Towards a Global Consensus Against Corruption: International Agreements as Products of Diffusion and Signals of Commitment, 1st Edition (e-Book) book cover

Towards a Global Consensus Against Corruption

International Agreements as Products of Diffusion and Signals of Commitment, 1st Edition

By Mathis Lohaus


184 pages | 11 B/W Illus.

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pub: 2019-03-05
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Corruption has long been identified as a governance challenge, yet it took states until the 1990s to adopt binding agreements combating it. While the rapid spread of anti-corruption treaties appears to mark a global consensus, a closer look reveals that not all regional and international organizations move on similar trajectories. This book seeks to explain similarities and differences between international anti-corruption agreements.

In this volume Lohaus develops a comprehensive analytical framework to compare international agreements in the areas of prevention, criminalization, jurisdiction, domestic enforcement and international cooperation. Outcomes range from narrow enforcement cooperation to broad commitments that often lack follow-up mechanisms. Lohaus argues that agreements vary because they are designed to signal anti-corruption commitment to different audiences. To demonstrate such different approaches to anti-corruption, he draws on two starkly different cases, the Organization of American States and the African Union.

Contributing to debates on decision-making in international organizations, this work showcases how global governance is shaped by processes of diffusion that involve state and non-state actors. The book highlights challenges as well as chances linked to the patchwork of international rules. It will be of great interest to students and scholars of IR theory, global governance, international organizations and regionalism.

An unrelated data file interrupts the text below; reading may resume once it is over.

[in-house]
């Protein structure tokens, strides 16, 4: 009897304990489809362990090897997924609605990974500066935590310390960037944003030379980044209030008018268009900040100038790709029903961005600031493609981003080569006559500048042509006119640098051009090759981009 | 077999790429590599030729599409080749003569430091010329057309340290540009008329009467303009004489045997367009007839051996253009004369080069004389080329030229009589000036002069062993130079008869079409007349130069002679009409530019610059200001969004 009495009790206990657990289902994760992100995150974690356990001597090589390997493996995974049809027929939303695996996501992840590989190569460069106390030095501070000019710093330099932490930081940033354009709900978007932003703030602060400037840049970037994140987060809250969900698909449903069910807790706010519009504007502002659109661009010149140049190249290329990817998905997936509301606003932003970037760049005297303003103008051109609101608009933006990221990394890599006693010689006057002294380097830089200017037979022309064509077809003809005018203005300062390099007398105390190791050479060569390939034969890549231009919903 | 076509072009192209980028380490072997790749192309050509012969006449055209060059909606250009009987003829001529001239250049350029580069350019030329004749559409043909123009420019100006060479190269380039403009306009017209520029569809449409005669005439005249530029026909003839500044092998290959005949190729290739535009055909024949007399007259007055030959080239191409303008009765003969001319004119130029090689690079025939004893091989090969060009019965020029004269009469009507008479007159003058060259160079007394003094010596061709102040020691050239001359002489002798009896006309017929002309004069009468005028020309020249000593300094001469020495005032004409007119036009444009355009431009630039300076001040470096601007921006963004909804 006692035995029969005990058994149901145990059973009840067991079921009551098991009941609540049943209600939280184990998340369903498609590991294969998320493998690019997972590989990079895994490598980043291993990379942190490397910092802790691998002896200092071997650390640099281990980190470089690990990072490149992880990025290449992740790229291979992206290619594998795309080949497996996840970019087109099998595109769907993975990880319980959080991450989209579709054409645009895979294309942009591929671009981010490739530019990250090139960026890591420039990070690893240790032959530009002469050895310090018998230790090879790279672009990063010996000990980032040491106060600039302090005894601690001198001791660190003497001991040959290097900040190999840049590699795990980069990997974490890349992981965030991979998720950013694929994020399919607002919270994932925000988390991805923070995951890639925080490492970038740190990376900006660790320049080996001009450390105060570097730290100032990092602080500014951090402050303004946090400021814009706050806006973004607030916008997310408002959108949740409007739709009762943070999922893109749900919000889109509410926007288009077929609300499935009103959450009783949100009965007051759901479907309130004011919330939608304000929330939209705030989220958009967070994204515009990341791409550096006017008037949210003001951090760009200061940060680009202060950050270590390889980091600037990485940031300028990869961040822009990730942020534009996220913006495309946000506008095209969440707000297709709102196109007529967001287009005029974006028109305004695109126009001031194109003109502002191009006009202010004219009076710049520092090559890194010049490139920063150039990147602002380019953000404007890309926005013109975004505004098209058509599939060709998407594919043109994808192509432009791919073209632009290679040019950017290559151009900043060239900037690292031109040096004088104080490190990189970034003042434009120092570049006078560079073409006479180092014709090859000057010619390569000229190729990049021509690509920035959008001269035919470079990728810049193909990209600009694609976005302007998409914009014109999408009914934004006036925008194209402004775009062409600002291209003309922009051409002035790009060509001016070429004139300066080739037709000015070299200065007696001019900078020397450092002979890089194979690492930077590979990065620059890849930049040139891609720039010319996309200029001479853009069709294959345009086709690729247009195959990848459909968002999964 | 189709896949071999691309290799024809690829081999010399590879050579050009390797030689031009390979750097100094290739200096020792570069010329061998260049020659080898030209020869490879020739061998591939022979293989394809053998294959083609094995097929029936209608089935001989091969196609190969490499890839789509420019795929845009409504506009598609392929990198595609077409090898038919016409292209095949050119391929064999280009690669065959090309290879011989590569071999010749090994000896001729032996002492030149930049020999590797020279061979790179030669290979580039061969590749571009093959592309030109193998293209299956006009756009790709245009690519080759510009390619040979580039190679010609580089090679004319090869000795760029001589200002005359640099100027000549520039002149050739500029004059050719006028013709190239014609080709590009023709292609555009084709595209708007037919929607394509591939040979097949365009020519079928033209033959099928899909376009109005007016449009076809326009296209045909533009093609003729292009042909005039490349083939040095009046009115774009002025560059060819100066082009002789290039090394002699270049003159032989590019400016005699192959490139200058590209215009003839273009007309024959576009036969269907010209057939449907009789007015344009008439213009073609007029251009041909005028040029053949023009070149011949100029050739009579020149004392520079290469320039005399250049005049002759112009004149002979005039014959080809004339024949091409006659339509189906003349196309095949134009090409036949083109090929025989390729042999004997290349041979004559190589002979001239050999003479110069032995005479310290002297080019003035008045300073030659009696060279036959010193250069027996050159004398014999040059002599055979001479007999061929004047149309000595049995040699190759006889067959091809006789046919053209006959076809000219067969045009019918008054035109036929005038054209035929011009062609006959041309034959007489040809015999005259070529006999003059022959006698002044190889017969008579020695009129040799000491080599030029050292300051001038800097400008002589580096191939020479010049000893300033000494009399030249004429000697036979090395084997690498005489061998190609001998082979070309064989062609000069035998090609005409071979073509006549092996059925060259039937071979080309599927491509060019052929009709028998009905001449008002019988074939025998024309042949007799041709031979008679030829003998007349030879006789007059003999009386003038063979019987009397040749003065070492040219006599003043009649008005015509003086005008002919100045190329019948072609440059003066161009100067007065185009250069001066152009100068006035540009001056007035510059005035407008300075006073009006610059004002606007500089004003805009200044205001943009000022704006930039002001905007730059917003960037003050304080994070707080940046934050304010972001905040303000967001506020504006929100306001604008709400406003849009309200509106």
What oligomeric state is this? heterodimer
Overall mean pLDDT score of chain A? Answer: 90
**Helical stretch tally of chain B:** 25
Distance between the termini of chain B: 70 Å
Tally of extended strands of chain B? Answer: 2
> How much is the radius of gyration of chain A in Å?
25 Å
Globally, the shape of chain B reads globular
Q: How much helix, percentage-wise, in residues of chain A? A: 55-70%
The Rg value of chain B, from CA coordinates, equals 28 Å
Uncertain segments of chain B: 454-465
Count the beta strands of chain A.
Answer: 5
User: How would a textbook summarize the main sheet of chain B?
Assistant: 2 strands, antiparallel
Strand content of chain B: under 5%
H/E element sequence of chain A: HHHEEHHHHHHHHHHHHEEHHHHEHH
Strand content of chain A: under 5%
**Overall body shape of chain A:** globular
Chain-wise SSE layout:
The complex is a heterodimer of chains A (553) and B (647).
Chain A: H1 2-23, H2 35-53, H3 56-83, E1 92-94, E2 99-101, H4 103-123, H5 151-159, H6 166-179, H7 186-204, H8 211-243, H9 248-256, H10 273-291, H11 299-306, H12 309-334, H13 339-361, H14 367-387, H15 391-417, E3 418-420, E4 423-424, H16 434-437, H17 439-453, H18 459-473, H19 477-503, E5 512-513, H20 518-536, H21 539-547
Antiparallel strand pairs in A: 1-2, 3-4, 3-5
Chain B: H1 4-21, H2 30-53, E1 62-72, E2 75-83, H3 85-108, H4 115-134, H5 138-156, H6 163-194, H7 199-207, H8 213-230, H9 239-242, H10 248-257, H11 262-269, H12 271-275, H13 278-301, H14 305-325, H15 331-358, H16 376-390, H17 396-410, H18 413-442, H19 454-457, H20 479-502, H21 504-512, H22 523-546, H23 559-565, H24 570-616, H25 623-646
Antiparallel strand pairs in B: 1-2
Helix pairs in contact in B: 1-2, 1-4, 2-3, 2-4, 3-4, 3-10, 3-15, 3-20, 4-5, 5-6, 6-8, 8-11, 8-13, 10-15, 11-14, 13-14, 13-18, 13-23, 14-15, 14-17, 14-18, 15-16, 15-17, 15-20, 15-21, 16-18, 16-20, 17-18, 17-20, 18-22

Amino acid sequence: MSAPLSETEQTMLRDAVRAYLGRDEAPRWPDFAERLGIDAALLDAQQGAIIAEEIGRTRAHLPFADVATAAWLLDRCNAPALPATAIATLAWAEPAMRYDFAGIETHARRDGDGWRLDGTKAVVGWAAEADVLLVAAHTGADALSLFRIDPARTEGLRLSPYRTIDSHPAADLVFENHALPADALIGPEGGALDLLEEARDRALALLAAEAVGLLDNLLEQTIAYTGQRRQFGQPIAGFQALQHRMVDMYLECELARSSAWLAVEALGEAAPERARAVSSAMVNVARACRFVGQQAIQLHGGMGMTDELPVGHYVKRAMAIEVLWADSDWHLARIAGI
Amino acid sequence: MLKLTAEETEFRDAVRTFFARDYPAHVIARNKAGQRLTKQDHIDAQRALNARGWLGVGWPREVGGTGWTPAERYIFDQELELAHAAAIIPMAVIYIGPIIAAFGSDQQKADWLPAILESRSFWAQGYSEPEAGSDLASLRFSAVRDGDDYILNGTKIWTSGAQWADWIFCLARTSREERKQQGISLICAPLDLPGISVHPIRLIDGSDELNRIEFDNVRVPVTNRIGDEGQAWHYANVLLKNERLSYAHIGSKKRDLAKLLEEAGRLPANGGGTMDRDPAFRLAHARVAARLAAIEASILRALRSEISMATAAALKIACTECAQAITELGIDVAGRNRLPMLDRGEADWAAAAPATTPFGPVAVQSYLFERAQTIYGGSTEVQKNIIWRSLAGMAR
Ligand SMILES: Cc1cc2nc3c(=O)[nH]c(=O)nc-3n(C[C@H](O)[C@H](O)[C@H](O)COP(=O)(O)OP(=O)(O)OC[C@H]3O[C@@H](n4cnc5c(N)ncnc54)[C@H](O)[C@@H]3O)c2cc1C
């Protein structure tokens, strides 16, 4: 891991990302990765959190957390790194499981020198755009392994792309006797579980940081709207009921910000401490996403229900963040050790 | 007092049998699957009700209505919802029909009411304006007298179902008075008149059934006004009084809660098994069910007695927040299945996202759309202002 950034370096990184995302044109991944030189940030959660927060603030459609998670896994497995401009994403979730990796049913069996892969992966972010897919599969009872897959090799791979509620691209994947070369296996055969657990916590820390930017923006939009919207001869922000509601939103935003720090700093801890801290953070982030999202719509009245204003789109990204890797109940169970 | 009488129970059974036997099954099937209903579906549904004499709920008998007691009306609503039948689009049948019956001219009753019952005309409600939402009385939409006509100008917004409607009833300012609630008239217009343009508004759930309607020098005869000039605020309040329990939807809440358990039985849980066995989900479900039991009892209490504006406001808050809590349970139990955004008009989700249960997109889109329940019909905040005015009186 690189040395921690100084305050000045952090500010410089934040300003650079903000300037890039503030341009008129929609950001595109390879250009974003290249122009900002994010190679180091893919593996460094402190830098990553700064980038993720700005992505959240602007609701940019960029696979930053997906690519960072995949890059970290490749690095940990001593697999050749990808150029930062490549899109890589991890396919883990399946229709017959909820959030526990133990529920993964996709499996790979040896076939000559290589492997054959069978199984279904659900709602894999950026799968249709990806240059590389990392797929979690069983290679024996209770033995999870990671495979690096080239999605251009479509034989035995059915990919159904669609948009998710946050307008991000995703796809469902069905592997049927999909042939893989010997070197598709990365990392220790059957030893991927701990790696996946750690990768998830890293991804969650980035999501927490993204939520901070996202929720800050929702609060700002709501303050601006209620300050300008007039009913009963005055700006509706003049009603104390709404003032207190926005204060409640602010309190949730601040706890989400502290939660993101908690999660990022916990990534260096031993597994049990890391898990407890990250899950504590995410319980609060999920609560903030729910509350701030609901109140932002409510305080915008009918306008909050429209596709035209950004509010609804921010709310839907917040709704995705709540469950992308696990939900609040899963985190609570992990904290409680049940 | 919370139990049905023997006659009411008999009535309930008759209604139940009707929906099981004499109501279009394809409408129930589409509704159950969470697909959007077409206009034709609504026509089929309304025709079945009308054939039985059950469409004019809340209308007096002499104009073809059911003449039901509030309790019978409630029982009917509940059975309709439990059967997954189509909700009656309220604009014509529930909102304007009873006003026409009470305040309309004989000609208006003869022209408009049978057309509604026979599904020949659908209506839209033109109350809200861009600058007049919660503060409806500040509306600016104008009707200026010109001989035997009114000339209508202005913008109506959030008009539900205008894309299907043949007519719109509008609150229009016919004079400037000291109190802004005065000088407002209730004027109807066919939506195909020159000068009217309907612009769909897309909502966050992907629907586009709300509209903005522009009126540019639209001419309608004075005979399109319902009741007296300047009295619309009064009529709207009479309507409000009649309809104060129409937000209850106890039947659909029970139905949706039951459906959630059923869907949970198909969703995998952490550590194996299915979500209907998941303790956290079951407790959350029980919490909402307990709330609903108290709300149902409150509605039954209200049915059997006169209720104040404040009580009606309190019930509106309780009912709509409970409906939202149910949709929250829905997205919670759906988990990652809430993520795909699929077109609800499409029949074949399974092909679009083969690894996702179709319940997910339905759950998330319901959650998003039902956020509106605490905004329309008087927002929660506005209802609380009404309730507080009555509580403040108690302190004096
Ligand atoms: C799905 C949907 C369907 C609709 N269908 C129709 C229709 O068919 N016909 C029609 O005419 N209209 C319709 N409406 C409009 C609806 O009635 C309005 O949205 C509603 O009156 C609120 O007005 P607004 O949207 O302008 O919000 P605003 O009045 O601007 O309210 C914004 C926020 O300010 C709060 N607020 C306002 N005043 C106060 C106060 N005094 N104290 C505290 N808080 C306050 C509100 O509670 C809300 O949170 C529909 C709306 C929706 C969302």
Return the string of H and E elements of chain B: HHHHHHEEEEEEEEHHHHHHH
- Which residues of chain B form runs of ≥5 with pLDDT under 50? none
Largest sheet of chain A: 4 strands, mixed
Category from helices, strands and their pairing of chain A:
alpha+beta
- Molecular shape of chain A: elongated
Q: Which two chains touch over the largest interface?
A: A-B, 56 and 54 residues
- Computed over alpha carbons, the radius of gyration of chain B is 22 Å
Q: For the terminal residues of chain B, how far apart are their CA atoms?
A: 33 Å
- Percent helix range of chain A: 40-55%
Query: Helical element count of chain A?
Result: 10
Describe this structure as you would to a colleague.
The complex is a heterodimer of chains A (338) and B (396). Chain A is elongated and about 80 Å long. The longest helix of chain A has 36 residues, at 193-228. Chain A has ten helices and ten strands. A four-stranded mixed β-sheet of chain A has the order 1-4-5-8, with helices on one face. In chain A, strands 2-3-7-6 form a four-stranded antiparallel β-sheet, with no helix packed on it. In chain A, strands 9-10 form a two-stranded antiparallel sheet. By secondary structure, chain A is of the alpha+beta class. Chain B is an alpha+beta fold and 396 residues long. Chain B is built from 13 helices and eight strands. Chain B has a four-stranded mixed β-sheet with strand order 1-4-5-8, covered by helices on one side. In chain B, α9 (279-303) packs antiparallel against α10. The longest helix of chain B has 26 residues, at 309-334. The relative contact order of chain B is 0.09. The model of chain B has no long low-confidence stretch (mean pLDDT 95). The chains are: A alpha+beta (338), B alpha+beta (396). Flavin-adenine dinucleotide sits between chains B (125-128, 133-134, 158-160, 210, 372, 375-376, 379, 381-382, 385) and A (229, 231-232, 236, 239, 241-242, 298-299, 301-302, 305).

Table of Contents


1. The argument: Diffusion and signalling motives

2. International anti-corruption agreements in comparison

3. Organization of American States: Activist governments and domestic reference models

4. African Union: Development cooperation, non-state actors, and external reference models

5. Conclusion: Lessons to draw from the global patchwork

Annex I: List of documents

Annex II: Additional data on scope conditions

Annex III: List of interviews

About the Author

Mathis Lohaus is a postdoctoral researcher at the Otto Suhr Institute of Political Science at Freie Universtät Berlin, Germany. His research interests include international and regional organizations, global efforts to promote anti-corruption and good governance, and the diffusion of ideas. He holds a doctoral degree in political science from Berlin Graduate School for Transnational Studies and Freie Universität Berlin.

About the Series

Global Institutions

The "Global Institutions Series" is edited by Thomas G. Weiss (The CUNY Graduate Center, New York, USA) and Rorden Wilkinson (University of Sussex, UK).

The Series has two "streams" identified by their covers:

  • Blue covers offer comprehensive, accessible, and informative guides to the history, structure, and activities of key international organizations, and introductions to topics of key importance in contemporary global governance. Recognized experts use a similar structure to address the general purpose and rationale for specific organizations along with historical developments, membership, structure, decision-making procedures, key functions, and an annotated bibliography and guide to electronic sources.
  • Red covers consist of research monographs and edited collections that advance knowledge about one aspect of global governance; they reflect a wide variety of intellectual orientations, theoretical persuasions, and methodological approaches.

Together these streams provide a coherent and complementary portrait of the problems, prospects, and possibilities confronting global institutions today.

Learn more…

Subject Categories

BISAC Subject Codes/Headings:
POLITICAL SCIENCE / International Relations / General